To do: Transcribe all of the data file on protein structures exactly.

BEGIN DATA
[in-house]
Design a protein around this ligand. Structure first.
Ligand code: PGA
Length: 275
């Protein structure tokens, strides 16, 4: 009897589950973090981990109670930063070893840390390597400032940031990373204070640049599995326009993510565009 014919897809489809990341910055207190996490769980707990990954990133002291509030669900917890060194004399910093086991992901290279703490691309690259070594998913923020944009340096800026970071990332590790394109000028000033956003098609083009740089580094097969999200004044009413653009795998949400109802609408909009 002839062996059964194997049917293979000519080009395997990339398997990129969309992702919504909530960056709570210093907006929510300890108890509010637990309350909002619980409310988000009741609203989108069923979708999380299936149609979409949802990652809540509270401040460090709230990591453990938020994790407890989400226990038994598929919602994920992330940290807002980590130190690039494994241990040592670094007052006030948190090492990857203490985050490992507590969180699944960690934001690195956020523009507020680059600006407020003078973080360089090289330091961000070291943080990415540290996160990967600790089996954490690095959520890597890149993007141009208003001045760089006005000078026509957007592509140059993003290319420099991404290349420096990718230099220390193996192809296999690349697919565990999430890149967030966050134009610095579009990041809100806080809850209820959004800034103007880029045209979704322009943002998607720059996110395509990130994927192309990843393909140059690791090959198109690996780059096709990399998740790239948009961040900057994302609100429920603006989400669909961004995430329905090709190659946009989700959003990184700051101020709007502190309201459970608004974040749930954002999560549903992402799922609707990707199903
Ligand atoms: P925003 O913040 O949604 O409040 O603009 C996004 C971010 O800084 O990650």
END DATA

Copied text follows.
[in-house]
Design a protein around this ligand. Structure first.
Ligand code: PGA
Length: 275
């Protein structure tokens, strides 16, 4: 009897589950973090981990109670930063070893840390390597400032940031990373204070640049599995326009993510565009 014919897809489809990341910055207190996490769980707990990954990133002291509030669900917890060194004399910093086991992901290279703490691309690259070594998913923020944009340096800026970071990332590790394109000028000033956003098609083009740089580094097969999200004044009413653009795998949400109802609408909009 002839062996059964194997049917293979000519080009395997990339398997990129969309992702919504909530960056709570210093907006929510300890108890509010637990309350909002619980409310988000009741609203989108069923979708999380299936149609979409949802990652809540509270401040460090709230990591453990938020994790407890989400226990038994598929919602994920992330940290807002980590130190690039494994241990040592670094007052006030948190090492990857203490985050490992507590969180699944960690934001690195956020523009507020680059600006407020003078973080360089090289330091961000070291943080990415540290996160990967600790089996954490690095959520890597890149993007141009208003001045760089006005000078026509957007592509140059993003290319420099991404290349420096990718230099220390193996192809296999690349697919565990999430890149967030966050134009610095579009990041809100806080809850209820959004800034103007880029045209979704322009943002998607720059996110395509990130994927192309990843393909140059690791090959198109690996780059096709990399998740790239948009961040900057994302609100429920603006989400669909961004995430329905090709190659946009989700959003990184700051101020709007502190309201459970608004974040749930954002999560549903992402799922609707990707199903
Ligand atoms: P925003 O913040 O949604 O409040 O603009 C996004 C971010 O800084 O990650």